Location has a big impact on boat prices. While this variable is more or less out of your control, you do have to take it into account when determining a reasonable price to ask. Gaining insight into just how much higher or lower you should price your boat compared to other parts of the nation can be very difficult, but as a general rule of thumb, in areas where population density is low and there’s a much smaller pool of buyers, the boat’s value could be as much as 10-percent lower than it would be in more heavily populated areas.
Other factors, such as the general availability of boats in an area, can also play a role. In some parts of the nation like south Florida, there may be so many boats of the same size and type on the market that pricing can get competitive. And in some others, such as on an inland lake in middle America where the choices are much more restricted, it can actually inflate a boat’s value.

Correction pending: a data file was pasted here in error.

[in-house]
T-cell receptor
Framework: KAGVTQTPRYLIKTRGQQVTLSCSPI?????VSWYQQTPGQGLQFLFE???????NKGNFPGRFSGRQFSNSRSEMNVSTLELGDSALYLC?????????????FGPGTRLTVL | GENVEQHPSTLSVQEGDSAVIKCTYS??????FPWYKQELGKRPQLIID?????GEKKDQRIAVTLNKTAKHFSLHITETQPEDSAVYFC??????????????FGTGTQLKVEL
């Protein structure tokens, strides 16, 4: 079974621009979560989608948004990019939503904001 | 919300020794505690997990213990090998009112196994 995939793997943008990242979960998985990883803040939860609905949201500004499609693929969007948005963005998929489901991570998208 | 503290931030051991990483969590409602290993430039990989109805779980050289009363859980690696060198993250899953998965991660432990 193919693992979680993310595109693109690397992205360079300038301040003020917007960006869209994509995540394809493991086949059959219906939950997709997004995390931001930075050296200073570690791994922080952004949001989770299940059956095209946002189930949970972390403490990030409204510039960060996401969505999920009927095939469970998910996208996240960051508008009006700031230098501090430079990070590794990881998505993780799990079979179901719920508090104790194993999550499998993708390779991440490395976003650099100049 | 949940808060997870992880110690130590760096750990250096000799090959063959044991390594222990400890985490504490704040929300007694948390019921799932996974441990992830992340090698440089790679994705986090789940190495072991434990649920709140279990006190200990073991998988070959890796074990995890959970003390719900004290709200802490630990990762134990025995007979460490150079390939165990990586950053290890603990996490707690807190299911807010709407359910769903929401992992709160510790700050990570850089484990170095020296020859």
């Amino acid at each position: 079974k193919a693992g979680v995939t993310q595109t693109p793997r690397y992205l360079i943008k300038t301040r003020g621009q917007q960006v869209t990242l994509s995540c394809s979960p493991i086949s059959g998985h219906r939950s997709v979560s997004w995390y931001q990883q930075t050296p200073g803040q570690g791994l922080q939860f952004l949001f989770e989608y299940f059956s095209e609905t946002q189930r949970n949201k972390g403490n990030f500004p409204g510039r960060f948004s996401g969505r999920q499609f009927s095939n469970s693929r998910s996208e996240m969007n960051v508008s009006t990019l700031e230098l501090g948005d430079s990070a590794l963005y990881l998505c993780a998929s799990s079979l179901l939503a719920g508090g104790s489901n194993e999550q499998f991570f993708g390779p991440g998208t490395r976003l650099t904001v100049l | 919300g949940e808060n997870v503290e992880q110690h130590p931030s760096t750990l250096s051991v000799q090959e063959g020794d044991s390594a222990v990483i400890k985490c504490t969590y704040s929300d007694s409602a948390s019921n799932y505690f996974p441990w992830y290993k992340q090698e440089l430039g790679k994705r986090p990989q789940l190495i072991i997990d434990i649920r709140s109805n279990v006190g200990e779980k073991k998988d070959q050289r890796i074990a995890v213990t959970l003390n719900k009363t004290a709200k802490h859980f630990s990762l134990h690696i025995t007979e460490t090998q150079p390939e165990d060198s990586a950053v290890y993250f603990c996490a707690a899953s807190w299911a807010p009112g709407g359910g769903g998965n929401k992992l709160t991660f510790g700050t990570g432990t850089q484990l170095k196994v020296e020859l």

Marine Electronics, Accessories, Gear and Upgrades
Although some people will remove everything that’s not bolted in place, many others will include their boat accessories when they sell. Most boat accessories, however, age rapidly and won’t add much to the value of a boat.
For example, an expensive suite of marine electronics can enhance a boat’s value, usually by up to as much as half of what those electronics originally costed. This is a short-lived advantage, though, because marine electronics go obsolete very rapidly. If the electronics on a boat are five years old or any older, you really can’t expect them to add much to a boat’s value at all.